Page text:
andreeu17 — 2013-03-28T00:03:35-04:00 — #1
Simple question. What's the difference between an <article> and a <section> semantic?
What's they're main purpose ? Is it worth my time to use? Are they important or can I continue using divs ?
Any info is well appreciated thanks
ralphm — 2013-03-28T01:02:49-04:00 — #2
Simple? Don't be so sure. Plumbing the meaning of some of these new HTML elements seems to rival the big questions of Life sometimes. :rolleyes:
A <section> is for grouping related content, more commonly large sections of a page like a main content area. An <article> is more specialized, being for self-contained content—that is, content that could appear somewhere else and retain its meaning. A blog post, for example, could be posted elsewhere (in an RSS feed, for example) and still be meaningful without the original page context.
So should you use them? Don't feel obliged to. IMHO, they are silly elements, and I don't know if I'll ever use them. I don't believe there's any advantage to be had by using them at this point in time, at any rate ... except perhaps to make yourself feel all hip—which is, after all, the point of living ... isn't it?
stomme_poes — 2013-03-28T03:39:51-04:00 — #3
Structure-wise, originally it was to mean an <article> would/could be like a mini-document or mini-page: a header, a footer, possibly asides and main content.
<section> was more broad, however due to sectionitis (a painful variant of divitis, and apologies to others medically educated for the horrid terminology) there's been some talk recently of stating something like, you shouldn't (or can't) make something a section unless the first bit of content in it is a header or heading (<h?> tag)... though someone brought up that ajax dynamically injecting content could make this a difficult hard rule.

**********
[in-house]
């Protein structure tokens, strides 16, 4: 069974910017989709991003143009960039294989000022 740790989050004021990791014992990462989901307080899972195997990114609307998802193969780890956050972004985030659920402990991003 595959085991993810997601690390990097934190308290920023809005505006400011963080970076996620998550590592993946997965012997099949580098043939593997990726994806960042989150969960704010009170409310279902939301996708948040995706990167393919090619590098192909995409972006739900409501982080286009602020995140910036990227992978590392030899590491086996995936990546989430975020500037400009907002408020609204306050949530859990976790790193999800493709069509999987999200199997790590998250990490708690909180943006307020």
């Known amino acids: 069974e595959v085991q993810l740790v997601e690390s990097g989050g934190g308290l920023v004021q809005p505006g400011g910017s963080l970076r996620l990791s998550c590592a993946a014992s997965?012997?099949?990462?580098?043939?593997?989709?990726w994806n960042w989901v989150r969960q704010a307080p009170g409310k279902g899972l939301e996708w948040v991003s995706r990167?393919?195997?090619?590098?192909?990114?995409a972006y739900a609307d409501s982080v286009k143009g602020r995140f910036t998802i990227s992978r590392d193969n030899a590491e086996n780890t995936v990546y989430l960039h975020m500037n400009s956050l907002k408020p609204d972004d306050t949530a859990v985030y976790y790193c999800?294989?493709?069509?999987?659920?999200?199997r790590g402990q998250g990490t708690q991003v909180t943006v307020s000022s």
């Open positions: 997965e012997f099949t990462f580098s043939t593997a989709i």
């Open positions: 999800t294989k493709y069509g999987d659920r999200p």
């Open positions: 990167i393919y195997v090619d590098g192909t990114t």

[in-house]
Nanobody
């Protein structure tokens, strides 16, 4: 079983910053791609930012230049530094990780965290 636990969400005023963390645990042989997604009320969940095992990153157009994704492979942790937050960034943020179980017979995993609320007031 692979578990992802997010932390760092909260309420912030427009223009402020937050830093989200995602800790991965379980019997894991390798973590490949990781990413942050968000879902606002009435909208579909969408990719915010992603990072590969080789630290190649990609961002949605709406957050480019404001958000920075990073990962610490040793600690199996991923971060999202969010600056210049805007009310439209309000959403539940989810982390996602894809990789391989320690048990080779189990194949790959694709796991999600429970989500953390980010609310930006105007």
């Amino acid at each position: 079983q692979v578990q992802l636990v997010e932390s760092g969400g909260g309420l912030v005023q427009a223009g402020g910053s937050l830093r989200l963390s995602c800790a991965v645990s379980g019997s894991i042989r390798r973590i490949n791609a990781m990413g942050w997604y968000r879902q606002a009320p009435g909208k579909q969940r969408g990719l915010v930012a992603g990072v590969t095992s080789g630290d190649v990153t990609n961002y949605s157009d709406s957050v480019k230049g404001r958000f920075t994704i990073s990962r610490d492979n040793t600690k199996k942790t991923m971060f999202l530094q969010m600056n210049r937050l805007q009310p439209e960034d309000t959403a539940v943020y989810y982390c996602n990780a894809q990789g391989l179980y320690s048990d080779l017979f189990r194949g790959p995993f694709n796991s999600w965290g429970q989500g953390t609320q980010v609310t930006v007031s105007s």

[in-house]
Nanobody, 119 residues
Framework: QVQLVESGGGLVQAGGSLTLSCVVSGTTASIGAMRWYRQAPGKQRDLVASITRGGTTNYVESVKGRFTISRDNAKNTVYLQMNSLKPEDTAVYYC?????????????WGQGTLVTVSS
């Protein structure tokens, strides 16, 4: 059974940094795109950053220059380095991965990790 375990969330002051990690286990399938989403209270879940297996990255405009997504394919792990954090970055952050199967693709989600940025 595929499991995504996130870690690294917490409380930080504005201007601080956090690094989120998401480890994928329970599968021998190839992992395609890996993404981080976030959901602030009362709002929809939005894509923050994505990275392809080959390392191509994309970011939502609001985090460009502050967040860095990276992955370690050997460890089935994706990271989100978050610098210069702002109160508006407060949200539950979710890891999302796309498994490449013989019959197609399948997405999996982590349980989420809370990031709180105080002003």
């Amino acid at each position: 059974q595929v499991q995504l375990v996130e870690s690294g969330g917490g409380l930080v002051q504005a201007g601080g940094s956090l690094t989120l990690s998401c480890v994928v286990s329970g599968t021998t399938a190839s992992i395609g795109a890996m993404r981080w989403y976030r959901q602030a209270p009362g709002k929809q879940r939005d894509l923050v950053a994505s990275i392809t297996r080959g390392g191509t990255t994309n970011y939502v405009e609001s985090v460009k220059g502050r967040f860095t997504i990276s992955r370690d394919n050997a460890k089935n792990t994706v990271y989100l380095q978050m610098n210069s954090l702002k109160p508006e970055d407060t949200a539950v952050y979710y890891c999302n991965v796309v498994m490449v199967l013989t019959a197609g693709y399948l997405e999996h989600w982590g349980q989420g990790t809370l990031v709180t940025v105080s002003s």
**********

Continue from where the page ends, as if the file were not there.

But anyway that's something you could use as a rule of thumb... take what ralph said
An <article> is more specialized, being for self-contained content—that is, content that could appear somewhere else and retain its meaning.
and then use sparingly, and for sections ask yourself why it shouldn't be a div, and does it group a large chunk of content which starts with a <header> or heading <h?>? (even then, keep sections scarce and large, and use divs for all your little groupings you're doing for CSS, JS, etc).
andreeu17 — 2013-03-28T10:11:26-04:00 — #4
Thank you both for the very well response, in my opinion I dislike the section and article semantics. I have a very found approach to the divs. i think I'll just stick with the divs until the day I really need section or article or until other day they become well developed and meaningful. Thank you for your responses.
stomme_poes — 2013-03-29T15:36:51-04:00 — #5
You certainly aren't hurting yourself by sticking to divs. Currently the only semantics you actually get from those is, sections are "sectioning elements" of the HTML5 document outline, implemented badly by the JAWS screen reader and not much else (it'll announce each new section).